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Friday, 14 September 2012

Believe or Be Cast Out

An article published in the Nelson Mail, a New Zealand paper, suggests that the tobacco display ban is not working to reduce sales of cigarettes after two months.  To be fair, two months hardly seems long enough to judge the effect on any kind of prohibitive legislation -- a year would be more interesting, and two or three years even better.

Nevertheless, the quotes by retailers are illuminating:
Victory On The Spot owner David Ranchhod said the new rules hadn't made a dent in tobacco sales, because people who smoked “know what they want to buy”.

“They just think it's a big joke really - what the Government is doing. It's like a dictator trying to change people's minds. It's just ridiculous," he said.
Well, yes on both counts, Mr Ranchhod. It is ridiculous, and the health fascists in your dictatorial government are trying to change people's minds and behaviour.  Have a gold star, sir, but they will have at you for your failure to believe in their faith.  Because they and many others believe that just looking at something makes you want it.

Consider Mr Andrew Swanson-Dobb's statement comparing chocolate to tobacco:
"I know if I see chocolate, I want more of it. If I don't see it, I'm going to have less of it. I think the less we see tobacco advertising or tobacco products in society, the less people will want it."
This is a crap analogy. I have known quite a large number of people who crave chocolate nearly all the time without seeing it.  You do not need to see something in order to want it or even crave it. You simply need to know that something is available, and if it's not readily available, you will probably go look for some. Indeed, I've worked with people who scoured the entire multi-storey office building to determine if any chocolate biscuits were about.

Paradoxically, if something is unavailable, you are likely to want it even more than if it were in bountiful supply.

In the Public Health religion, it's easy to conflate seeing a product with desiring a product. But like any other religion, this gospel isn't true for all of the people. I can look at something all day and not want it, even if I love it.  I can even want something that I can see, something within reach, but not indulge my desire.  It's called willpower, or self-control. I can make a choice to abstain.  Am I alone my ability to do this?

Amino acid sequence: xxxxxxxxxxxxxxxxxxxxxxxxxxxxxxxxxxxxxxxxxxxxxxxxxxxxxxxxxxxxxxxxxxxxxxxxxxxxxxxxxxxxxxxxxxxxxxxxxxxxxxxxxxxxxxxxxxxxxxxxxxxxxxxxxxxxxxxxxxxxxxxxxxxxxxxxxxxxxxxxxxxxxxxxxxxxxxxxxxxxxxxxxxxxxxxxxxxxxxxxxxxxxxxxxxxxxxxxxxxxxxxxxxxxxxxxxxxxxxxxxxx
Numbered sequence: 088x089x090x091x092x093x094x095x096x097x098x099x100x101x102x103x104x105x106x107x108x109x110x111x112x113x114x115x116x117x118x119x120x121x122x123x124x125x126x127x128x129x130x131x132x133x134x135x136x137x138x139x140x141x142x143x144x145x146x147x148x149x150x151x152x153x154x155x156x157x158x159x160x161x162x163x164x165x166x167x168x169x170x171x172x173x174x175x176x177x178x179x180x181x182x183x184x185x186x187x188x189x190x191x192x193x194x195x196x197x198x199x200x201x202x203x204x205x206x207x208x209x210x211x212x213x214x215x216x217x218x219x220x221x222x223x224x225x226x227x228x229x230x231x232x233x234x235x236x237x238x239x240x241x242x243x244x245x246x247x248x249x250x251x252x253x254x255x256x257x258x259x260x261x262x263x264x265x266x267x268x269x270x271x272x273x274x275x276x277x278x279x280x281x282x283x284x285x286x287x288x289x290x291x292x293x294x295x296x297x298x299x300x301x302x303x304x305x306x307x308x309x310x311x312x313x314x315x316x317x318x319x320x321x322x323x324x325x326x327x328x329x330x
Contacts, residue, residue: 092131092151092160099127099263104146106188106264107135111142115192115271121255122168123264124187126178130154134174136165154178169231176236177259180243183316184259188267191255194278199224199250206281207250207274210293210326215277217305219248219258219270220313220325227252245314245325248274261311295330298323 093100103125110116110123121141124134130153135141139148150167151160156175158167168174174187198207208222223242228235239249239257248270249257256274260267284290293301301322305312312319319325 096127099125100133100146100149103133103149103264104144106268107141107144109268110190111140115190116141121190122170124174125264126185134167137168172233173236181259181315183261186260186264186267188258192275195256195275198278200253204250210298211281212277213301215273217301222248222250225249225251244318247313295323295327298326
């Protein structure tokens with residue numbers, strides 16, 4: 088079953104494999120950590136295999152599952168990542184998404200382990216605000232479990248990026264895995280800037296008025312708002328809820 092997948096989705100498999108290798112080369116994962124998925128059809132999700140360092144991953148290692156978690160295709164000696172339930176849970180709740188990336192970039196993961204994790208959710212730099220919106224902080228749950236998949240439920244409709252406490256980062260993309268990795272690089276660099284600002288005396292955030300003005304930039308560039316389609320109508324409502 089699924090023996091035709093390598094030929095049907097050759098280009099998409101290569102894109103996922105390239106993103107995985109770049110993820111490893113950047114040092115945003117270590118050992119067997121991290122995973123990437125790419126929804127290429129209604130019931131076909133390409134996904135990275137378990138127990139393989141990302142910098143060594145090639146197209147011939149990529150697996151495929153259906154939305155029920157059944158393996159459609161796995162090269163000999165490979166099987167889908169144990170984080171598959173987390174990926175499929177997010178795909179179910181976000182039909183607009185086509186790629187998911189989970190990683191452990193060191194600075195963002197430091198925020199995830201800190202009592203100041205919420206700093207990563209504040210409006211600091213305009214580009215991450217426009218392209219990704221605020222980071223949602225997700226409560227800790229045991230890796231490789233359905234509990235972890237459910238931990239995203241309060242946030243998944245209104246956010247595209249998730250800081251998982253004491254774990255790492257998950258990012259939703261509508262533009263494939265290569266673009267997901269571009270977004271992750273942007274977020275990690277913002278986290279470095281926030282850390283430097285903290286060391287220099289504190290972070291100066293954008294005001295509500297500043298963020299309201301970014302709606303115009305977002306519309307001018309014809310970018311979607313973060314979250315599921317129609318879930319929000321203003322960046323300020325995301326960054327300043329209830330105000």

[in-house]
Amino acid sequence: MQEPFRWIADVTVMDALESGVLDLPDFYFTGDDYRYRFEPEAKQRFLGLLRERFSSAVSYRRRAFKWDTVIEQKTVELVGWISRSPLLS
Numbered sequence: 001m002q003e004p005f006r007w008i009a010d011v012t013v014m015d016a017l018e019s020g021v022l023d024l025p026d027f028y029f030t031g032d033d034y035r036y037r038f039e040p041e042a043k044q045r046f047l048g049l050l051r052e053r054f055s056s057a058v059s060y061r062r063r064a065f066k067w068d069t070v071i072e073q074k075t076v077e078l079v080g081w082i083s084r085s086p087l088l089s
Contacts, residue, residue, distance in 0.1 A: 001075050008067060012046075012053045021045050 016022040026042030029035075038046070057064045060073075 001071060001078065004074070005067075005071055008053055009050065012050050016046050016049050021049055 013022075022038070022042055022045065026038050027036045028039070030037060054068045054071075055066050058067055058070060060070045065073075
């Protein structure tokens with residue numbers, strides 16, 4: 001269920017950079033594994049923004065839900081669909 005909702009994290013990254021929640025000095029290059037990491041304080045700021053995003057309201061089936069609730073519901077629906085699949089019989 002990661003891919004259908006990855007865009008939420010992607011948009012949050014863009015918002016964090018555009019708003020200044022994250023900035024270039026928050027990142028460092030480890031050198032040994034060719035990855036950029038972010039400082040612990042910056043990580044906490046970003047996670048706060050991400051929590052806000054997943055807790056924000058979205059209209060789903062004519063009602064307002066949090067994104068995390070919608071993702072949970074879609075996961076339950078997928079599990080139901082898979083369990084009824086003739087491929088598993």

The Public Health zealots would have you believe that everyone is incapable of exercising self-control, that all of your choices have already been made for you.  It is the religious equivalent of negative destiny, and only by opening your mind, body and everlasting soul to the one true god of Public Health can you avoid the temptation of desiring anything that they believe is harmful -- so long as you hide these harmful products from view.

Out of sight, out of mind is the main tenet of the tobacco control industry. For those who have faith, it probably works to some degree. But it does not work for everyone. It will never work for everyone.

Still, the health fascists are disappointed that there has been no reduction in sales in only two months.  Like those seduced into a religious cult which believes a comet in the sky will herald the end of the world, the flock of Public Health zealots believed cigarette sales would decrease almost instantly upon a display ban in  New Zealand. And if there is no evidence of an instantaneous decrease, then believe your acts are helpful anyway.
Labour's health spokeswoman Maryan Street said she thought retail outlets would see a reduction in sales. The lack of displays helped those who were struggling with nicotine addictions, because they were no longer confronted by tobacco products all the time.

“That's got to be helpful. As for the nanny-state accusations, I have always believed that the law changes people's behaviour, and that attitudes come next. You can't compel people to feel differently about things or to have different attitudes, but you can compel them to change their behaviour and that usually results further down the line in a change of attitude. The restrictions on smoking are a prime example of that."
That quote above is frightening. Is it not? This is what denormalisation is all about. To compel you to change your beliefs. To force you to accept the gospel of Public Health under penalty of law.

These are evil people, pretending they care about you and children. They are using the laws that they create and their positions in government to make you see the light and believe.  They do not care about you at all, however. They only care about their own personal belief system, and anyone who doesn't follow their commandments are sinners and heathens, unworthy of a place in society. 
H/T Carrick Graham on Twitter